Best Nostalgia Factor: Rogue One


I brought up last year how The Force Awakens (particularly the first and third acts) heavily repeated beats laid out back in 1977’s A New Hope, which was met with a fair amount of criticism over being labeled as a warmed-over remake. Rogue One, the first Star Wars standalone film (soon to be an annual occurrence) was essentially a critical footnote in the saga’s timeline. With a tone that intentionally called back to iconic war films, thanks to some unused footage from the mid-70s, it still managed to retrofit itself seamlessly, especially when compared to those last 25 minutes of A New Hope, in all its mustachioed glory.

Most Life-Affirming Heartbreak: Being Stuck In Your Well, Don’t Think Twice


A meditation on the surprise consequences of newfound fame, filtered through the lens of a New York improv comedy group, Don’t Think Twice’s writer/director/star Mike Birbiglia managed to craft one of the most charming and unapologetically authentic films of the year. A stellar ensemble cast play The Commune, a successful improv group based in New York, when one of them is hired as a cast member on Weekend Live (the in-movie equivalent to SNL), forcing everyone else to take a long, hard look at their future.

When Samantha (Gillian Jacobs) turns out to be the only member of The Commune to show up for their last performance before their theater is bulldozed, she has her revelation on stage in front of her audience, and makes her choice about the future with all eyes fixated on her. A note-perfect ode to why we make the choices that we do, in spite of circumstance.

Best Character (Film): Spider-Man, Captain America: Civil War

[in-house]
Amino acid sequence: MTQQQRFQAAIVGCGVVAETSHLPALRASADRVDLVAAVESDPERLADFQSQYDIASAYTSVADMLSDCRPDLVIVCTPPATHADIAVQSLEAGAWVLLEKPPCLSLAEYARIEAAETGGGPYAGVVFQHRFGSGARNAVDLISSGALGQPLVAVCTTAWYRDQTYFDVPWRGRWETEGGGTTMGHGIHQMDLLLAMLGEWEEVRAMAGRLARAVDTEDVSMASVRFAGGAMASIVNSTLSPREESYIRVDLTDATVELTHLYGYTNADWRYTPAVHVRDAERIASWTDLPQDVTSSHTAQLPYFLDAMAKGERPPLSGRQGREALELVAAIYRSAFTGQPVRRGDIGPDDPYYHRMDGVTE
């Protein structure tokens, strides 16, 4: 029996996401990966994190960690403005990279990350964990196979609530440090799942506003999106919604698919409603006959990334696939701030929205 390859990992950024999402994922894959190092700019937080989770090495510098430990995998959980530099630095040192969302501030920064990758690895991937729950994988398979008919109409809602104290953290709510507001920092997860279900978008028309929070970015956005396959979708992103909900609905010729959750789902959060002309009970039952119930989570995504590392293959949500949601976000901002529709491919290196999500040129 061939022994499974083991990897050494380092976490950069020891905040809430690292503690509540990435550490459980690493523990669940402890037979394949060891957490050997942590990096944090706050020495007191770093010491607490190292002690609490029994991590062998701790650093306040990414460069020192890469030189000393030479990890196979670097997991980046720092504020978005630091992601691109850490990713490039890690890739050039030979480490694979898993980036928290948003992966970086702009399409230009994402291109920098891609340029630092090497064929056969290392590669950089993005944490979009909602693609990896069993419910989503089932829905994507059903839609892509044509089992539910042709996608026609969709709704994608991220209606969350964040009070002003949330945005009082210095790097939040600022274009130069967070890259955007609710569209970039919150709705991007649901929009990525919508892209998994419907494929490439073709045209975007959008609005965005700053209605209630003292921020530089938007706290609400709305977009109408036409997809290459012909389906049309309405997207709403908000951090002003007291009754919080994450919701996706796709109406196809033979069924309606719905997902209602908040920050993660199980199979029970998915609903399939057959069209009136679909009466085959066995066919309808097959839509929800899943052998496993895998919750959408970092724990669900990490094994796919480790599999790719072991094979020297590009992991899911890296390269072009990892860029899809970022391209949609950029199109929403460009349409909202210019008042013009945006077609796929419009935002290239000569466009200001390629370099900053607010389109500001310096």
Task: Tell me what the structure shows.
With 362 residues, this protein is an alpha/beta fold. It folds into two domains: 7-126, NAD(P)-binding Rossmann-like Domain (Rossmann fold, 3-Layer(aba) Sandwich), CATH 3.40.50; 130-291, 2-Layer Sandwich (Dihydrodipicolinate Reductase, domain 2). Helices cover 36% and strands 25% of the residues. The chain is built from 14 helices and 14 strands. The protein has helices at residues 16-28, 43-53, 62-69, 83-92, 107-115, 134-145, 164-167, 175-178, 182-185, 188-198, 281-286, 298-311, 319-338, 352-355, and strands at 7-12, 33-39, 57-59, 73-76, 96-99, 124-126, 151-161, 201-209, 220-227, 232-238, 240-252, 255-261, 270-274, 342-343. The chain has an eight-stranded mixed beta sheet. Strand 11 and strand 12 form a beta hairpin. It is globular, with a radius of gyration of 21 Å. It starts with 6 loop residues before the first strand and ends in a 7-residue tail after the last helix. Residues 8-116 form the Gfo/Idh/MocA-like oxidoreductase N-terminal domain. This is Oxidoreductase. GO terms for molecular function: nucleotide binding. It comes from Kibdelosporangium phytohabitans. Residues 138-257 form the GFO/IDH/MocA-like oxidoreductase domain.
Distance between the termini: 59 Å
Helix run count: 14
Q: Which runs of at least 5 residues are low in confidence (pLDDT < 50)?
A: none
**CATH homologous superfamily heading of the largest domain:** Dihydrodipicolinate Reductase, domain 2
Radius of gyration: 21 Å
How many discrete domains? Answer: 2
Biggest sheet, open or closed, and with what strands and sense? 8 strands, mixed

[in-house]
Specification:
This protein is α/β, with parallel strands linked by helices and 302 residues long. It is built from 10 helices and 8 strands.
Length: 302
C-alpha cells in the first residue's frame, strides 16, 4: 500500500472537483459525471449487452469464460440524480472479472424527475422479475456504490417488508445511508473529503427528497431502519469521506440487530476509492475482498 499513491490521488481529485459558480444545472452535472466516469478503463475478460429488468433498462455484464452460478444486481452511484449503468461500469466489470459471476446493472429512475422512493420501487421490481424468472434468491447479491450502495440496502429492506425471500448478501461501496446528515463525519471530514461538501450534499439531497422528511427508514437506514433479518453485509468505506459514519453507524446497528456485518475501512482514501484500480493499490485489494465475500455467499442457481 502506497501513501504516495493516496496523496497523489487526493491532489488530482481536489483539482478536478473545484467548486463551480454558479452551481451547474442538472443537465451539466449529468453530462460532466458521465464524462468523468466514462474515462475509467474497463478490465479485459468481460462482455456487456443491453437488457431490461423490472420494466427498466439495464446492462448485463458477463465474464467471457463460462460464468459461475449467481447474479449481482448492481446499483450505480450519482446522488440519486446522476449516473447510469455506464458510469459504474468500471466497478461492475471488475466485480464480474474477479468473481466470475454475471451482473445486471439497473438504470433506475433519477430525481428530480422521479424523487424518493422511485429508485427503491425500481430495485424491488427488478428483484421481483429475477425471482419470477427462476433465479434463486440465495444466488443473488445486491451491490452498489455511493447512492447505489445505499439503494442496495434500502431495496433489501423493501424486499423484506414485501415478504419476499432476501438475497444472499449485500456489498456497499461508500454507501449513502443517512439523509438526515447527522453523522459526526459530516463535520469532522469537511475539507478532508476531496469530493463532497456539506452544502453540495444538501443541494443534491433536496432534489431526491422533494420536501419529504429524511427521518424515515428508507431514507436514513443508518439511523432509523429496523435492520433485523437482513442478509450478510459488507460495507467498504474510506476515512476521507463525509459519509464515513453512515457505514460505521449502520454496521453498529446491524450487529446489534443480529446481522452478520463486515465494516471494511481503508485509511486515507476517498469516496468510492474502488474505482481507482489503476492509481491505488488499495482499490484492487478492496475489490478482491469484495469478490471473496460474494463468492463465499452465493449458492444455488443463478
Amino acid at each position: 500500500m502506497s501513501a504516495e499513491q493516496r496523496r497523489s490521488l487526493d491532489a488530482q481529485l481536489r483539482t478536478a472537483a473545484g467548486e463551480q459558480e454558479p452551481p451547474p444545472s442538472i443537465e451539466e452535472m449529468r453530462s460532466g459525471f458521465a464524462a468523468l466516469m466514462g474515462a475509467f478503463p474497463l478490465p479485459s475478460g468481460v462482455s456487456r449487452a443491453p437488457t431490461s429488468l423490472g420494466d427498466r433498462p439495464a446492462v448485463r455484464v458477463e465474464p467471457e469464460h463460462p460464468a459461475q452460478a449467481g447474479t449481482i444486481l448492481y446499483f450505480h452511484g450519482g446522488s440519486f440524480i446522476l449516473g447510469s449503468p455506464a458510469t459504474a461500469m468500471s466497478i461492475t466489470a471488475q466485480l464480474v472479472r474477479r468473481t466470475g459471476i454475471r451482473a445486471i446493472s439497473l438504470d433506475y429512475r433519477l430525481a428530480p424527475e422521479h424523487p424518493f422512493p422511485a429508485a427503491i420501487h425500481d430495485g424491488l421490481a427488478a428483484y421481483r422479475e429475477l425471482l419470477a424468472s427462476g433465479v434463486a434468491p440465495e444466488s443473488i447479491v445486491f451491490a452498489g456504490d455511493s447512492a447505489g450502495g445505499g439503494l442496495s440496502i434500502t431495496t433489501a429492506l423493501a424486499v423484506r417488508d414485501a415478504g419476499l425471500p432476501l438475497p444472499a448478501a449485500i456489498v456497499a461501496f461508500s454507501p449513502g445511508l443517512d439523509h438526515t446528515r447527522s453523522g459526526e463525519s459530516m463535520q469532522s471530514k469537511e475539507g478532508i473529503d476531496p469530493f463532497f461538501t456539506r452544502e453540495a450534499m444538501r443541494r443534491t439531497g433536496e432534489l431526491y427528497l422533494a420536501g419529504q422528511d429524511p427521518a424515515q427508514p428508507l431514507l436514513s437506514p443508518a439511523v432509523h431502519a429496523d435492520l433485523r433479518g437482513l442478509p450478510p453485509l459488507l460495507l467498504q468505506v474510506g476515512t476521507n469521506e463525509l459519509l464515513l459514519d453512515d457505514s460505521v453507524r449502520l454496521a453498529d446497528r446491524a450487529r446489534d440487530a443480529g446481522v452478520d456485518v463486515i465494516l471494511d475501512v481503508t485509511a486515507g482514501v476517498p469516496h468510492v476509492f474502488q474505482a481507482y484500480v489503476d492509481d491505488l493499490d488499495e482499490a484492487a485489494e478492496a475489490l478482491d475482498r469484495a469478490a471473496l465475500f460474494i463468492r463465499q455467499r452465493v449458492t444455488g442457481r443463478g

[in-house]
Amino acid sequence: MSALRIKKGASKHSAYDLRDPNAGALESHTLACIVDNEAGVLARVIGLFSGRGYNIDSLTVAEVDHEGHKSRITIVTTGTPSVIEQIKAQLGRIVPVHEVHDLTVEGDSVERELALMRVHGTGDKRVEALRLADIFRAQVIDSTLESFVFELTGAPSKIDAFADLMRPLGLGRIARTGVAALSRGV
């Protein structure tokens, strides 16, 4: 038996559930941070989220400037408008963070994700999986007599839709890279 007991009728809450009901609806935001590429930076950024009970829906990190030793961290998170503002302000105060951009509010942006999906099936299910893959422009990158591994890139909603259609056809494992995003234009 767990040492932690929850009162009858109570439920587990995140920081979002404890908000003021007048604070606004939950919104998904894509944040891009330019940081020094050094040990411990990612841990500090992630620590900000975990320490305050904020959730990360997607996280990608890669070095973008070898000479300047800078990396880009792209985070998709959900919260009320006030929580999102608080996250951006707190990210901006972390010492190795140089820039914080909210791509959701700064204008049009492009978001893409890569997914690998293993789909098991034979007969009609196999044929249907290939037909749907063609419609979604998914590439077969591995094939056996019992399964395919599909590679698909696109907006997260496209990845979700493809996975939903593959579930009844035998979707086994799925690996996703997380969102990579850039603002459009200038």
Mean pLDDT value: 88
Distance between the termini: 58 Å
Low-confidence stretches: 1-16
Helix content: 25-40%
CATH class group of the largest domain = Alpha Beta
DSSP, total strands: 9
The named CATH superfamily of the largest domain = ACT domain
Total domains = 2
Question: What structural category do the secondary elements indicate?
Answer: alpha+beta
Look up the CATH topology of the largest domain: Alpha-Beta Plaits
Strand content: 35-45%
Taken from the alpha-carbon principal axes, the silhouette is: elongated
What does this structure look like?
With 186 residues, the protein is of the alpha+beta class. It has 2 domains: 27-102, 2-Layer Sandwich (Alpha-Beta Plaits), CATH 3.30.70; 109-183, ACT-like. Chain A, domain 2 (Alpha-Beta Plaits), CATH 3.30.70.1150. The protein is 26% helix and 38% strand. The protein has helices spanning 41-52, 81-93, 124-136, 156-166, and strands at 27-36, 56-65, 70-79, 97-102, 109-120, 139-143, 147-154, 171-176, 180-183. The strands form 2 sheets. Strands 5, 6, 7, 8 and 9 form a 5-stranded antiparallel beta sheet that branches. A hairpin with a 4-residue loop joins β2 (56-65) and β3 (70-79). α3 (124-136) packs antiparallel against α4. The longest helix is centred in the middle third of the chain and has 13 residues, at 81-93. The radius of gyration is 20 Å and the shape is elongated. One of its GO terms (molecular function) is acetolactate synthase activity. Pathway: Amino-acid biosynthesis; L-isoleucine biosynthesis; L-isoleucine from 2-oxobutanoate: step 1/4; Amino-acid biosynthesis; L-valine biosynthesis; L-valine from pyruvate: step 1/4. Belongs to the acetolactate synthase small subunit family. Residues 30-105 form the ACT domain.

It’s been a long, hard road as a fan of your friendly neighborhood Spider-Man. After a promising first couple films in the early aughts starring Toby Maguire, Sam Raimi’s third installment in 2007 never really came together, despite a couple of great scenes (no, not the one with the emo dancing). Then came Andrew Garfield’s two turns under the mask, which started out feeling as an unnecessary re-tread of the original films, then quickly became just outright unnecessary.

Then, after years of negotiations, Marvel got to incorporate its flagship character back into their cinematic universe, while Sony still got to make money from them doing so. The specifics of the deal aside, when Tony Stark calls on “Underoos” to make his first appearance (in costume) at the pivotal scene outside the airport hangar in Civil War, actor Tom Holland seemed to perfectly embody everything that’s charming about the character. Now, with his upcoming debut in Spider-Man: Homecoming set to hit the ground running 2017, we can go into the new year fairly confident that we won’t have to sit through Uncle Ben’s murder for a third fucking time.